Paul Bornstein is currently Emeritus Professor of Biochemistry and Medicine at the University of Washington. He received his BA from Cornell University and MD from New York University. He trained in Surgery and Internal Medicine at Yale New Haven Hospital, and then spent a year as an Arthritis Foundation Postdoctoral Fellow at the Pasteur Institute in Paris.
In 1963, Dr. Bornstein joined the US Public Health Service as a Research Investigator and worked for four years on collagen biochemistry with Karl Piez at the National Institutes of Health. He was discharged from the USPHS in 1967 as a Senior Surgeon, with a rank of Commander in the US Coast Guard.
After leaving NIH, Dr Bornstein accepted a position as Assistant Professor of Medicine at the University of Washington, and in the following year obtained a joint appointment in Biochemistry. In 1973 he achieved the rank of full professor in Biochemistry and Medicine Over the years, Dr Bornstein’s research interests have changed from protein chemistry to the cell biology of cell-matrix interactions, and then to the molecular biology of thrombospondins and other matricellular proteins. He has held positions as Visiting Professor at UCSD, with Jonathan Singer, at Louis Pasteur University in Strasbourg with Pierre Chambon, and at the Whitehead Institute, MIT, with Rudolph Jaenisch.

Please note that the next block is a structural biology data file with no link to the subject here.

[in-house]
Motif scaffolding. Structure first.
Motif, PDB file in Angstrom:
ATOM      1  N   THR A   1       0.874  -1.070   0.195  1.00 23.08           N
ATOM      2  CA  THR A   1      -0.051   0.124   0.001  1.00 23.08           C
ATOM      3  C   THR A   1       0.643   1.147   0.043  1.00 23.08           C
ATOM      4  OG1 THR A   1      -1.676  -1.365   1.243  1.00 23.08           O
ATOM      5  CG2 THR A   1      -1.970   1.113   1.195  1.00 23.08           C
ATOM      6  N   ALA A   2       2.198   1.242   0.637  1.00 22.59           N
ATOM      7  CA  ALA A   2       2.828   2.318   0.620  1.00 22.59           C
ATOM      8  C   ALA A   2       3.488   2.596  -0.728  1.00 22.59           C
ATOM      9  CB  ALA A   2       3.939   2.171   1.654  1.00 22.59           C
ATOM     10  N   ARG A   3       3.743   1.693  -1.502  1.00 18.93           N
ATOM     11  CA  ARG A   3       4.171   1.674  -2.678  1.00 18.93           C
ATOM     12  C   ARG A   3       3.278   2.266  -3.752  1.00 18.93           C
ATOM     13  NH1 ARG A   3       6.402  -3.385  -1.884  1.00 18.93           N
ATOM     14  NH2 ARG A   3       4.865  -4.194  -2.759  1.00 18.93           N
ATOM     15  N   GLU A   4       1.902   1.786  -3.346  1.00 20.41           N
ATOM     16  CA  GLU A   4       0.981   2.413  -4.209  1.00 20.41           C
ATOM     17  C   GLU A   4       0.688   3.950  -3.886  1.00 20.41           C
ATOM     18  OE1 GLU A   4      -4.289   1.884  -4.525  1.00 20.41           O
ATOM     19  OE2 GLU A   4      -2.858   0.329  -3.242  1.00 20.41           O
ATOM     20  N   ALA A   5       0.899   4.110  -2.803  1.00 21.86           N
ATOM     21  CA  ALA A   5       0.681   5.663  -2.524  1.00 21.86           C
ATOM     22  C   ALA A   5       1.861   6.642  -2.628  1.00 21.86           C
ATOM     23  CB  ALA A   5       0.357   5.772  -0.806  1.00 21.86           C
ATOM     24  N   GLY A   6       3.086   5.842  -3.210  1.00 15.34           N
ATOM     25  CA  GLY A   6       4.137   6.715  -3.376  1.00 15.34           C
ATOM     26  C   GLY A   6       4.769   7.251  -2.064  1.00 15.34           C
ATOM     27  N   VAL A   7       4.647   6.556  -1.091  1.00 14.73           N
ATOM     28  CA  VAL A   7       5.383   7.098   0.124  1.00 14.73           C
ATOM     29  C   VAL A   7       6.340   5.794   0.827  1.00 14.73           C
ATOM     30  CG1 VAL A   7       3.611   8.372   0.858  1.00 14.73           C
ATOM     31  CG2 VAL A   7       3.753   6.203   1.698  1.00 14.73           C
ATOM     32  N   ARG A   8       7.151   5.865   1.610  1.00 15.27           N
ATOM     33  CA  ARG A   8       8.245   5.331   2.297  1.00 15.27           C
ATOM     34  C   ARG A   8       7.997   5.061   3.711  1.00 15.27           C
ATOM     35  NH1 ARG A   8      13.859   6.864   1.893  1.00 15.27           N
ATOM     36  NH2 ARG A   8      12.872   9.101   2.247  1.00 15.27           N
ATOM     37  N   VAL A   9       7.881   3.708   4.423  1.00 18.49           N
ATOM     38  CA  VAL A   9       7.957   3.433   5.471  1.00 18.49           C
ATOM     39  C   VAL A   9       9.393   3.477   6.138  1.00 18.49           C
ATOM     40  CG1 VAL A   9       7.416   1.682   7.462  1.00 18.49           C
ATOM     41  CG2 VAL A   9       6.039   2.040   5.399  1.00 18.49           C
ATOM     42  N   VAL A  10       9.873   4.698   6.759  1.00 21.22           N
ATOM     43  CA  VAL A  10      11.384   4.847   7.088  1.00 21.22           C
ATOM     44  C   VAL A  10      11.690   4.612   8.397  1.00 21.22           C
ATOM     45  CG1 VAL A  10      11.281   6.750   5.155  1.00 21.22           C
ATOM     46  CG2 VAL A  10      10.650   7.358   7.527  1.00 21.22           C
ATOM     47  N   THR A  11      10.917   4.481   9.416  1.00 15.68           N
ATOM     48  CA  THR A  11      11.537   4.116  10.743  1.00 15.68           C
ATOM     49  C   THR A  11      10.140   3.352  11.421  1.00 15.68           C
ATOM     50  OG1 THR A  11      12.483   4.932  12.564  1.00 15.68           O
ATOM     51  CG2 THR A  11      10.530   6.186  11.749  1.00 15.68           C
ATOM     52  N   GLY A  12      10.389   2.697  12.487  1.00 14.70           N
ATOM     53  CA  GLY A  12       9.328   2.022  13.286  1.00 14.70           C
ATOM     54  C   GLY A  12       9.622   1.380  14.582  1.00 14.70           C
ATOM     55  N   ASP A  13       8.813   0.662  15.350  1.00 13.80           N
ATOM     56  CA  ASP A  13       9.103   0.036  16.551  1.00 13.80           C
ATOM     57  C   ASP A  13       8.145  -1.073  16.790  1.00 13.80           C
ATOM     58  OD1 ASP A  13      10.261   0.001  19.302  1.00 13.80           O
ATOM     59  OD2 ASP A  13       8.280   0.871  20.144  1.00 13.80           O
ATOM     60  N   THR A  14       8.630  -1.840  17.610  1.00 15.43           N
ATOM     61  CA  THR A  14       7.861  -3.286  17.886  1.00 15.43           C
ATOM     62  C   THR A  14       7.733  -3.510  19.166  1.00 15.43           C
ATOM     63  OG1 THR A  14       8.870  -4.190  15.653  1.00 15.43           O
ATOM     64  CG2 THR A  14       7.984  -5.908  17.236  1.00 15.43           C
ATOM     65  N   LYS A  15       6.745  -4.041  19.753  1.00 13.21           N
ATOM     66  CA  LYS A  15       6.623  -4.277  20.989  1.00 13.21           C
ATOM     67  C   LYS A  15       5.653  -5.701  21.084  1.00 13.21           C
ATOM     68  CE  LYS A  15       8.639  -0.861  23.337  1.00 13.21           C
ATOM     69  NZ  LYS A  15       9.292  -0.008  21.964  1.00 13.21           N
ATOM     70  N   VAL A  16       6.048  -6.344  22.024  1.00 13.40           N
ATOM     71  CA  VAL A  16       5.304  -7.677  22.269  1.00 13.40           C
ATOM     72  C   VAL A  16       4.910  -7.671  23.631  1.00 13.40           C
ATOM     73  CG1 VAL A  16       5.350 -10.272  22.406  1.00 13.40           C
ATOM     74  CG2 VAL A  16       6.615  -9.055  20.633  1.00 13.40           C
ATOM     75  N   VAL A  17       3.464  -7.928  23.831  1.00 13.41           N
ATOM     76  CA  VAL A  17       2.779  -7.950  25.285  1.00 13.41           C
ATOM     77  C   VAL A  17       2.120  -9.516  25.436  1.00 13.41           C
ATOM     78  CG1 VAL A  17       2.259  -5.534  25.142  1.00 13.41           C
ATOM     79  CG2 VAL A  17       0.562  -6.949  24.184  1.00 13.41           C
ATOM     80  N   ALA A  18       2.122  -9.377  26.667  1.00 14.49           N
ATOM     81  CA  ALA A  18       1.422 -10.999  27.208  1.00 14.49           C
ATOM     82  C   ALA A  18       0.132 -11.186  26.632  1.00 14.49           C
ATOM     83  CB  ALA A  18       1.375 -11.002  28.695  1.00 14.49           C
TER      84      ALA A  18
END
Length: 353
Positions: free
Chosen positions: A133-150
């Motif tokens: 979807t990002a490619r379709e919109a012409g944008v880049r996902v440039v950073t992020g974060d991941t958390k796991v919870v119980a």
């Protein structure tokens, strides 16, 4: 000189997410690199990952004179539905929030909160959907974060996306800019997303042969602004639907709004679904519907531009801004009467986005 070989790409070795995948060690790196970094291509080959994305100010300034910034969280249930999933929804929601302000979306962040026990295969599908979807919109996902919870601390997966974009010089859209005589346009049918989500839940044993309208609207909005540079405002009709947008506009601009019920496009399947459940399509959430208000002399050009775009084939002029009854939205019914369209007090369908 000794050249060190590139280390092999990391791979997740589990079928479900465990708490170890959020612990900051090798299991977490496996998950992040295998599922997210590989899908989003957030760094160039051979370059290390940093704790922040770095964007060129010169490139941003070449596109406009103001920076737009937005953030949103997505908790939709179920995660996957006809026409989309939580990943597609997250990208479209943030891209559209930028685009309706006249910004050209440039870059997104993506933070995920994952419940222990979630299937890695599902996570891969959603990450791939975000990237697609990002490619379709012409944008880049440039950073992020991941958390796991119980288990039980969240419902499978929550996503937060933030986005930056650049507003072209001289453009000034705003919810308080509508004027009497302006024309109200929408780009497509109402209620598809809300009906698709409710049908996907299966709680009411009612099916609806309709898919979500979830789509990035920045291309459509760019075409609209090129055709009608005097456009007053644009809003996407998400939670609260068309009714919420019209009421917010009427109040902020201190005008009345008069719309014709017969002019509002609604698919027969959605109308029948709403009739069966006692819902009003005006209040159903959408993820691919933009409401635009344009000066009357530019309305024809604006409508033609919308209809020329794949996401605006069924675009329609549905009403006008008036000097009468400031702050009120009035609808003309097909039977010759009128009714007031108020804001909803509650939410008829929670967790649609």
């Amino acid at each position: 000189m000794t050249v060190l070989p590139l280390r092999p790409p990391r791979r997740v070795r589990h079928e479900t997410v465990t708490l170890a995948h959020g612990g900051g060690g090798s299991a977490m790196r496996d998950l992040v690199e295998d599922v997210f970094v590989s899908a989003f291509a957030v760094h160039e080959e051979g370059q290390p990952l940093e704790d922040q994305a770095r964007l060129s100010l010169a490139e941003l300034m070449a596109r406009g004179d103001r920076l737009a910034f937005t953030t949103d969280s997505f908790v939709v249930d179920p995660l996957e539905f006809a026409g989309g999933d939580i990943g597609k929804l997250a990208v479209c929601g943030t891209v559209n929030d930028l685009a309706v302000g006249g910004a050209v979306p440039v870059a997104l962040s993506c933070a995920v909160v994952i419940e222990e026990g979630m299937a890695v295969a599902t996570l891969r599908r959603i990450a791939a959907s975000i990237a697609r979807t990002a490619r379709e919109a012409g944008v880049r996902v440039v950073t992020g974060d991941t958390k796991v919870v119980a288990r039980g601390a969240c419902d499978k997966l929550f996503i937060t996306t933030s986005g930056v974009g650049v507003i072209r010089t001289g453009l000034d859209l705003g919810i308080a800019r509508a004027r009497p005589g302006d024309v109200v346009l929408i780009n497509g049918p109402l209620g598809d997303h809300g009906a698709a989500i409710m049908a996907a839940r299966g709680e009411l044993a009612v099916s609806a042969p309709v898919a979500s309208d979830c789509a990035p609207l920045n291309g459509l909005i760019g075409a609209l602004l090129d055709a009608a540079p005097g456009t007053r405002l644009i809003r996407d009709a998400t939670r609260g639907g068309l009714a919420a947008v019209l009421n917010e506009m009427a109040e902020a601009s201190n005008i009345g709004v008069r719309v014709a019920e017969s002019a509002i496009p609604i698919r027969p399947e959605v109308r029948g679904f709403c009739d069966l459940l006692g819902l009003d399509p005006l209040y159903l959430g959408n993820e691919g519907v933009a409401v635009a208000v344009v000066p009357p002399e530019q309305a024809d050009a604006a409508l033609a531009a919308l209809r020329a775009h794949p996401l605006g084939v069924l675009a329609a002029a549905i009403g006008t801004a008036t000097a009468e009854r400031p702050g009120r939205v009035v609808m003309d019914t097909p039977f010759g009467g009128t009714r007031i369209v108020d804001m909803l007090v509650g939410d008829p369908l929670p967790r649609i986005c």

Dr. Bornstein has been awarded a Lederle Medical Faculty Award, a Research Career Development Award from the NIH, a Josiah Macy Faculty Scholar Award, a John Simon Guggenheim Memorial Fellowship, a MERIT Award from the NIH, and most recently a Solomon Berson Alumni Achievement Award in Basic Science from NYU School of Medicine. He has been elected to membership in the American Society for Clinical Investigation and in the Association for American Physicians. He has also served on many Editorial Boards including the American Journal for Cell Biology, and the Journal of Biological Chemistry.
Dr. Bornstein founded the American Society for Matrix Biology in 2000 and served as its second Vice-President and President; he also served as Vice-President and President of the International Society for Matrix Biology, chaired two Gordon Conferences in the matrix field, and served on numerous Academic and Industrial Advisory Boards He is the author of nearly 300 research papers, reviews and book chapters.